Debian Installation :: Get The GDE Version Of Installed To A USB Stick?

May 31, 2011

What I have done so far with Debian: I used dd in Ubuntu Lucid to put the Debian live GDE version onto a USB stick, and I successfully booted my Toshiba Mini with it in under a minute! That even blows Easy Peasy away! I love the simplicity of the DE. For now I want to get the GDE version of Debain installed to a USB stick. (That is, I will use the live USB that I created to direct the installation to a USB stick that is plugged into the computer).

What I think that I know: I was successful to use a live Ubuntu Lucid USB to install Ubuntu Lucid to both a USB stick and an SDHC card, and that is what I am running right now. I have encountered issues with this process, such as apparently the /dev/sdx that was recognized during install being different when I try to boot the new stick, and I only happen to eventually mysteriously boot after, say, trying a different USB port. My main concern is a functional internet connection, otherwise I will be helpless when I try to confront any other kind of Debian problem, and of course I will soon want to begin installing packages. In Ubuntu Lucid my wireless card was nonfunctional, and I spent two weeks working on finding a "solution", which was something I believe called a Personal Package Archive, my first and only use of such a thing.

$ sudo add-apt-repository ppa:lexical/hwe-wireless
$ sudo apt-get update
$ sudo apt-get install rtl8192ce-dkms

As far as I understand the first command, as with much of what I do with GNU/Linux, I must simply trust the benevolence of the package provider that their code will not ruin my hardware. The firmware issue does disburb me a bit, and it seems that Toshiba and Realtek or whoever is responsible would like to require me to use Windows in order to configure my wireless card. (That seems like it should be illegal.) Thank god I did manage to find a completely GNU solution, and thank the community for always being there trying to provide solutions like this.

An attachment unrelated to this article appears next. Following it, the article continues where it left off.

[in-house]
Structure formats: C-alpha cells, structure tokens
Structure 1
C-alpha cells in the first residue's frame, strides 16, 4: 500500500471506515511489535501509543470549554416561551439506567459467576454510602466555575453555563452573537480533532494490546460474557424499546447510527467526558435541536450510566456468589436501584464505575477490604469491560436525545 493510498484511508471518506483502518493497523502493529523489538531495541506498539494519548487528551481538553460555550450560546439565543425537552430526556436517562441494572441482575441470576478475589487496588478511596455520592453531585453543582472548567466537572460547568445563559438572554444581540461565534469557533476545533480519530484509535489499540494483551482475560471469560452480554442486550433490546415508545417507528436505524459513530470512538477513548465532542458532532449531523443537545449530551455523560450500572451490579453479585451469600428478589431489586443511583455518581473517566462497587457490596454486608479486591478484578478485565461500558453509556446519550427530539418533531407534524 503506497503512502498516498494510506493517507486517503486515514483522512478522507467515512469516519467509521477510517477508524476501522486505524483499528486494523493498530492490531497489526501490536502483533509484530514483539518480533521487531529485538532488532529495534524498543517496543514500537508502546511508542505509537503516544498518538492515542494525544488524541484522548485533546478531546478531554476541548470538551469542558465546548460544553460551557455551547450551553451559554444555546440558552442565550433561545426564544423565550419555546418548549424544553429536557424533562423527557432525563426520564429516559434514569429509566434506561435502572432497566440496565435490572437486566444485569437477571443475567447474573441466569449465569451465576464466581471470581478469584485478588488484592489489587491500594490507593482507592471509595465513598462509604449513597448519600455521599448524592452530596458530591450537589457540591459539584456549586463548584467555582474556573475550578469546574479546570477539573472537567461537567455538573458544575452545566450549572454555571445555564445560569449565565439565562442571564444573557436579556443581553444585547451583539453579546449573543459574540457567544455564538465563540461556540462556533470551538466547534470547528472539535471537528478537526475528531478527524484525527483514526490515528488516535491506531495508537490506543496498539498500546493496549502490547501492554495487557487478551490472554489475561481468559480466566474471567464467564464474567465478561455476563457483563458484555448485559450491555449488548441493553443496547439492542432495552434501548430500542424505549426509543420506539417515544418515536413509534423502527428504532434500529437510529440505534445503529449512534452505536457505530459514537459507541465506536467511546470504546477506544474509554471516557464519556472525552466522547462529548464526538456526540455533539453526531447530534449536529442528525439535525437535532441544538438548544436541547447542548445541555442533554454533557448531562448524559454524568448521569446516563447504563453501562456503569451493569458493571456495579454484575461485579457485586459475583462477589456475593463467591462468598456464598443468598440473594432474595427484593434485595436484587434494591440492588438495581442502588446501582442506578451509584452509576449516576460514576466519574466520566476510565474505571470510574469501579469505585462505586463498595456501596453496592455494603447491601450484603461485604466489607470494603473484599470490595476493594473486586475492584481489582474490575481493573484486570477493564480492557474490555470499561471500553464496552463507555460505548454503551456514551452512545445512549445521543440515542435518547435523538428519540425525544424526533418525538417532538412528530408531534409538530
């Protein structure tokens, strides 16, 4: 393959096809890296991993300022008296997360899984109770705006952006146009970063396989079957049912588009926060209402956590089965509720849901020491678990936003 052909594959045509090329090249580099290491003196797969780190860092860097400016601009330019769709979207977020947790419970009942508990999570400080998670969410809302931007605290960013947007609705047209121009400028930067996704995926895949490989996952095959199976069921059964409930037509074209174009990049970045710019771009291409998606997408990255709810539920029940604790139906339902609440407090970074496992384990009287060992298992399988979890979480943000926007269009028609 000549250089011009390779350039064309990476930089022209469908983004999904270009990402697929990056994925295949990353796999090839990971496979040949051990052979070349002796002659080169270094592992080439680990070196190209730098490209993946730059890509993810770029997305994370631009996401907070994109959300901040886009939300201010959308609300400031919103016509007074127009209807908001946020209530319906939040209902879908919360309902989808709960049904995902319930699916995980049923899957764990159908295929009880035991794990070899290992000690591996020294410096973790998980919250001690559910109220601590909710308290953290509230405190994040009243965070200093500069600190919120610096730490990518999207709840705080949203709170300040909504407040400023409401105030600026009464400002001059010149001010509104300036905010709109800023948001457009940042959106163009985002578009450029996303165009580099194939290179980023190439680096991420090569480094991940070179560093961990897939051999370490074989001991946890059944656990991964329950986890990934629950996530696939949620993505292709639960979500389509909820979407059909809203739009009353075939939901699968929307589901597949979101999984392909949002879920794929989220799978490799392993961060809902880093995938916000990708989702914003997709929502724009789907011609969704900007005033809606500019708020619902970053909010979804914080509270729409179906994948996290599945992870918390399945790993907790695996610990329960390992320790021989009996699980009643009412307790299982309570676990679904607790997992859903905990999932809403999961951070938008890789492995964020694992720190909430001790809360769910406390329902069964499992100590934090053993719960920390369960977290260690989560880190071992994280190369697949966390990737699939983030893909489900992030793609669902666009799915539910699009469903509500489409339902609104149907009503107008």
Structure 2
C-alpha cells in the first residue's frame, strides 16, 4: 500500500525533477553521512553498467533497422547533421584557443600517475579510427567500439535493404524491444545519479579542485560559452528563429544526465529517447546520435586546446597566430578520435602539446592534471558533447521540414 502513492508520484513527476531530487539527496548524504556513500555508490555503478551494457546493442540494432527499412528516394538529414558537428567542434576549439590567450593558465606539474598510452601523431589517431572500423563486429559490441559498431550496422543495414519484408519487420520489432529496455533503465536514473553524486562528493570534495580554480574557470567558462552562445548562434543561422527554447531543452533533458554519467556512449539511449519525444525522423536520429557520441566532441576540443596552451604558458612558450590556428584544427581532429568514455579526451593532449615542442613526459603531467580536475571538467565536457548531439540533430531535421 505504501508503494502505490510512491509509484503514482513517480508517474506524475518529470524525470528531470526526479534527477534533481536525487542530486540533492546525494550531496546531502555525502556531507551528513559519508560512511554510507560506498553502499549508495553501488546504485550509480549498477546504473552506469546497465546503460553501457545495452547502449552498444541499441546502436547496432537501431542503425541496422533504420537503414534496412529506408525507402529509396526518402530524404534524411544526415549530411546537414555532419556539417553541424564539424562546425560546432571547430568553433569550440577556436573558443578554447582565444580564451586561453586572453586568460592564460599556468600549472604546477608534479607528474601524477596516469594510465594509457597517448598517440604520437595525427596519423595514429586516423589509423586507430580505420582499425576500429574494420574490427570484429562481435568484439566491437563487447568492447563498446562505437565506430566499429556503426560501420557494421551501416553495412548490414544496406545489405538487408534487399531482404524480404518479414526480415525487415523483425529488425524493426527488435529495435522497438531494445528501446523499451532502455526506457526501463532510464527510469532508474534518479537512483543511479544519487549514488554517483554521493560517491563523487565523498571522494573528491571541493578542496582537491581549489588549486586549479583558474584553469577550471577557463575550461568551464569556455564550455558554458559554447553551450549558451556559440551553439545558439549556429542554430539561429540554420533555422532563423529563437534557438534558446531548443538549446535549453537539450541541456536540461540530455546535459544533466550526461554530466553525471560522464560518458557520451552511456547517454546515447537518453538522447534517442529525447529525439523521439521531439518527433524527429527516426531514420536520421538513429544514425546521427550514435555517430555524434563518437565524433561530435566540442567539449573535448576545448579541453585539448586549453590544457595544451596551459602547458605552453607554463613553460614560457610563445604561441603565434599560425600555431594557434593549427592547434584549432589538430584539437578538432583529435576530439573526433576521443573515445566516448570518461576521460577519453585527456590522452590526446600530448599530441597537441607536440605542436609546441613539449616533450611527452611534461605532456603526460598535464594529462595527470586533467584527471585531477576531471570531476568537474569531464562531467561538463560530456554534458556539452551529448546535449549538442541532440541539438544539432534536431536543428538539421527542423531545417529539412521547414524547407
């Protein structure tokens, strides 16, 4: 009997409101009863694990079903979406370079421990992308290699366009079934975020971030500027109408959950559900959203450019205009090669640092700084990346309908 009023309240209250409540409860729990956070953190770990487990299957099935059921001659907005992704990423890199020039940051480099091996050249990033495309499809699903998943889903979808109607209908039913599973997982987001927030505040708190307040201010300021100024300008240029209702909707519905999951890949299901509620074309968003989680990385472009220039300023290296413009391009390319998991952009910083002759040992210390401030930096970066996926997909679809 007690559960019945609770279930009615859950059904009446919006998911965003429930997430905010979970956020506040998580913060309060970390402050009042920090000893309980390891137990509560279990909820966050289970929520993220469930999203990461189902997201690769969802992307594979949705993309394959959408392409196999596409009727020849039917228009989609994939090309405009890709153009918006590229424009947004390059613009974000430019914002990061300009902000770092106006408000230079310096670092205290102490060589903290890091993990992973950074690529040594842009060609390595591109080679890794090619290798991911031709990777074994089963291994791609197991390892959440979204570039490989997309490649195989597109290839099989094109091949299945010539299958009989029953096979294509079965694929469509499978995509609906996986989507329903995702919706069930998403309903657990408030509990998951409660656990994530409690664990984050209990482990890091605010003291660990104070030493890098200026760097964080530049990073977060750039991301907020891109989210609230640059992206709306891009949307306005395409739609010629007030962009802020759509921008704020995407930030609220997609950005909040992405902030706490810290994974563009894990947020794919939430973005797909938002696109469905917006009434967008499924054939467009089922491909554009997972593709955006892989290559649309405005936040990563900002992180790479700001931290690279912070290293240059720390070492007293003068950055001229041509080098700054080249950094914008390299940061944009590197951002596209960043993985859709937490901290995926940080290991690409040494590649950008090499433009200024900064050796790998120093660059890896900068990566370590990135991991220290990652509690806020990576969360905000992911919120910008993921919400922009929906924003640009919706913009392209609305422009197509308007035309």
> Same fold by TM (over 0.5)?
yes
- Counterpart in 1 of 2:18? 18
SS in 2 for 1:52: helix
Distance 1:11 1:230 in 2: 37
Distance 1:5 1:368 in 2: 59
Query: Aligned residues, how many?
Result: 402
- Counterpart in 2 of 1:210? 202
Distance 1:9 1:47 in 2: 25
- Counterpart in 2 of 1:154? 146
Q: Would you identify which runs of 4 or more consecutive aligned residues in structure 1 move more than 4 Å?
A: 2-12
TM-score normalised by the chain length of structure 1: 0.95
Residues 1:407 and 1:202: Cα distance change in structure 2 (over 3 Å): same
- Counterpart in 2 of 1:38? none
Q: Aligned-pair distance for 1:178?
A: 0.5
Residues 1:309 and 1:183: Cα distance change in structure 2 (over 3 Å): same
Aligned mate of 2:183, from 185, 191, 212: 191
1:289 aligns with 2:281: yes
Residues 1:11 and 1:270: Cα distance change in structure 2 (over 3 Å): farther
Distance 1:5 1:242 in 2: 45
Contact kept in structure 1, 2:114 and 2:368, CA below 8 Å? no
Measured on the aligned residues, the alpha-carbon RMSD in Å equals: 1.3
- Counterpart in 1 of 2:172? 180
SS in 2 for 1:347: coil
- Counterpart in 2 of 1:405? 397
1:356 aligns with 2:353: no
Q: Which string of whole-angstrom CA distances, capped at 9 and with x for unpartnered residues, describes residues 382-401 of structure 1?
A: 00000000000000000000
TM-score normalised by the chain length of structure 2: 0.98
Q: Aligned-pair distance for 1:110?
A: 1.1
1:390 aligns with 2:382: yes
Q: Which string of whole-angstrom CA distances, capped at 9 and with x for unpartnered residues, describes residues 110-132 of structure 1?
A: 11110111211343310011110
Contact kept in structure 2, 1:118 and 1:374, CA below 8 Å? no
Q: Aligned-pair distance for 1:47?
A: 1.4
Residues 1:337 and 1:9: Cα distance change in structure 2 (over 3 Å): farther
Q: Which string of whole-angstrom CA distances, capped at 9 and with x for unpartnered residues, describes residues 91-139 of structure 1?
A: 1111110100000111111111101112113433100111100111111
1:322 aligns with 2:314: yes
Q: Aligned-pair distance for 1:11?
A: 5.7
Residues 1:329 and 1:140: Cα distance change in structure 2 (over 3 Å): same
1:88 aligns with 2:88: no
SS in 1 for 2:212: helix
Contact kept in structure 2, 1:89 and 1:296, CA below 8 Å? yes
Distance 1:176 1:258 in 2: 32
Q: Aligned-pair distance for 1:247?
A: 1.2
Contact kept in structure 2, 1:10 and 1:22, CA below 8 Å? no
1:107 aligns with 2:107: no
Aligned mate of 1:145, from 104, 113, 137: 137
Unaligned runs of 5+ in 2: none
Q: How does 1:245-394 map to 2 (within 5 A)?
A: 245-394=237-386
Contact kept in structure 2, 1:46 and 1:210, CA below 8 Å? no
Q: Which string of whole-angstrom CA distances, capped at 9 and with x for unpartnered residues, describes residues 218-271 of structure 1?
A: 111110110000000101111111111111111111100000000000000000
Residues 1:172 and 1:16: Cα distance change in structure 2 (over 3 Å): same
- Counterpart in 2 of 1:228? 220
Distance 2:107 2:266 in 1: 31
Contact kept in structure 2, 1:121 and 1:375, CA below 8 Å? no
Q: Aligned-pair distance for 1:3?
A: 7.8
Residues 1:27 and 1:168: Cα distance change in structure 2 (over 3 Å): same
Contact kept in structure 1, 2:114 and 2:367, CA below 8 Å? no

So, appologizing for that overly elaborate introduction: Are there any pitfalls that I should avoid in the process of installing from the live GDE Debian USB to another USB stick on my Toshiba Mini, or if this is even possible in Debian? Is there a more appropriate solution to get my wireless card to work (instead of using the PPA mentioned above)? For instance, the wireless light never changes from amber to green (which I guess is what should indicate that the card is connected or not?), even though I am obviously connected to the interent (here I am). How do I force the installation to recognize my USB more primitively/reliably than as a /dev/sdx file (which seems to be quite dynamicly allocated from one boot to the next)?

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The only thing I could think of, was that GRUB was installed into the USB-stick. So I removed the USB-stick when Debian was started and and reinstalled GRUB using aptitude. Still didn't work. What could be wrong?

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I tried to build a bootable USB stick using Code: Select alldd if=~/Desktop/linux/debian-8.0.0-i386-xfce-CD-1.img of=/dev/disk1 bs=1m as mentioned here: URL... but this does not work on my MacBook 3.1, late 2007 model (yes, I am using rEFIt and my CD drive is dead). The error message upon trying to boot from the USB stick using rEFIt says something like 'unable to load bootia32.efi'.

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Code: Select allloopback loop (hd0,1)/efi/boot/boot.iso
grubconfig (loop)/boot/grub/grub.cfg

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Code: Select allmount /dev/hdb1 /mnt/usb

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22 for /home